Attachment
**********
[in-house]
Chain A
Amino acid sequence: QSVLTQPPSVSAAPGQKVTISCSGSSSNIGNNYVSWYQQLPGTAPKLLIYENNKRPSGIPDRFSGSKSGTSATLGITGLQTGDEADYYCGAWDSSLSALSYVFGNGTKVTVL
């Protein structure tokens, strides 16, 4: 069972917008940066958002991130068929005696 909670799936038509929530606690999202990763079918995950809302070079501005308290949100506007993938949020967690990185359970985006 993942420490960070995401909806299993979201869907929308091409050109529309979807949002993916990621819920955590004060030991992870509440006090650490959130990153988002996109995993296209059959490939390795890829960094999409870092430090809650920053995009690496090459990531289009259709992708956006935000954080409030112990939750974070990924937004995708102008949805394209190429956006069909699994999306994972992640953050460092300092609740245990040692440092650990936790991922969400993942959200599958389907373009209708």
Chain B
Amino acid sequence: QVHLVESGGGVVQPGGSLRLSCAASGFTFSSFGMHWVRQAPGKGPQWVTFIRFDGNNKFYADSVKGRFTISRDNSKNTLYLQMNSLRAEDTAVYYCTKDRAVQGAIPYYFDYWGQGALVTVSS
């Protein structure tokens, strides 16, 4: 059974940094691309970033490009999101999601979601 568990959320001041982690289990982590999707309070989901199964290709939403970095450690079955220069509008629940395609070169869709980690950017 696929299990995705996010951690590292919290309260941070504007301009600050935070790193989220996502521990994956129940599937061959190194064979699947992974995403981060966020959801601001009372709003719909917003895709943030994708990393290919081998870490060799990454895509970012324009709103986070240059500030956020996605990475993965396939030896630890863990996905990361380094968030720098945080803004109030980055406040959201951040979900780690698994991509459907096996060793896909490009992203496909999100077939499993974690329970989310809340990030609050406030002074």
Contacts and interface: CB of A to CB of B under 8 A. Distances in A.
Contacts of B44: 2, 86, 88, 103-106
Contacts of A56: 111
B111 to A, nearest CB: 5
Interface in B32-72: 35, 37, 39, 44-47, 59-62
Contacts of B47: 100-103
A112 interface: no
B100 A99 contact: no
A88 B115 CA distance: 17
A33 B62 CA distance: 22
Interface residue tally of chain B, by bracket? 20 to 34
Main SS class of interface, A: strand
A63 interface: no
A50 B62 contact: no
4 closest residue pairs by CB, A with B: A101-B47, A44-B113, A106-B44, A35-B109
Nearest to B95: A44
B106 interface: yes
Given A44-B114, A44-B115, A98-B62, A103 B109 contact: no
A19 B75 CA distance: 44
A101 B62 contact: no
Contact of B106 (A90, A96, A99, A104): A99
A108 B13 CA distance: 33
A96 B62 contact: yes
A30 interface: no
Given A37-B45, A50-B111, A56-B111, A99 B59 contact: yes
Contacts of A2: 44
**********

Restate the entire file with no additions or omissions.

[in-house]
Chain A
Amino acid sequence: QSVLTQPPSVSAAPGQKVTISCSGSSSNIGNNYVSWYQQLPGTAPKLLIYENNKRPSGIPDRFSGSKSGTSATLGITGLQTGDEADYYCGAWDSSLSALSYVFGNGTKVTVL
């Protein structure tokens, strides 16, 4: 069972917008940066958002991130068929005696 909670799936038509929530606690999202990763079918995950809302070079501005308290949100506007993938949020967690990185359970985006 993942420490960070995401909806299993979201869907929308091409050109529309979807949002993916990621819920955590004060030991992870509440006090650490959130990153988002996109995993296209059959490939390795890829960094999409870092430090809650920053995009690496090459990531289009259709992708956006935000954080409030112990939750974070990924937004995708102008949805394209190429956006069909699994999306994972992640953050460092300092609740245990040692440092650990936790991922969400993942959200599958389907373009209708």
Chain B
Amino acid sequence: QVHLVESGGGVVQPGGSLRLSCAASGFTFSSFGMHWVRQAPGKGPQWVTFIRFDGNNKFYADSVKGRFTISRDNSKNTLYLQMNSLRAEDTAVYYCTKDRAVQGAIPYYFDYWGQGALVTVSS
């Protein structure tokens, strides 16, 4: 059974940094691309970033490009999101999601979601 568990959320001041982690289990982590999707309070989901199964290709939403970095450690079955220069509008629940395609070169869709980690950017 696929299990995705996010951690590292919290309260941070504007301009600050935070790193989220996502521990994956129940599937061959190194064979699947992974995403981060966020959801601001009372709003719909917003895709943030994708990393290919081998870490060799990454895509970012324009709103986070240059500030956020996605990475993965396939030896630890863990996905990361380094968030720098945080803004109030980055406040959201951040979900780690698994991509459907096996060793896909490009992203496909999100077939499993974690329970989310809340990030609050406030002074």
Contacts and interface: CB of A to CB of B under 8 A. Distances in A.
Contacts of B44: 2, 86, 88, 103-106
Contacts of A56: 111
B111 to A, nearest CB: 5
Interface in B32-72: 35, 37, 39, 44-47, 59-62
Contacts of B47: 100-103
A112 interface: no
B100 A99 contact: no
A88 B115 CA distance: 17
A33 B62 CA distance: 22
Interface residue tally of chain B, by bracket? 20 to 34
Main SS class of interface, A: strand
A63 interface: no
A50 B62 contact: no
4 closest residue pairs by CB, A with B: A101-B47, A44-B113, A106-B44, A35-B109
Nearest to B95: A44
B106 interface: yes
Given A44-B114, A44-B115, A98-B62, A103 B109 contact: no
A19 B75 CA distance: 44
A101 B62 contact: no
Contact of B106 (A90, A96, A99, A104): A99
A108 B13 CA distance: 33
A96 B62 contact: yes
A30 interface: no
Given A37-B45, A50-B111, A56-B111, A99 B59 contact: yes
Contacts of A2: 44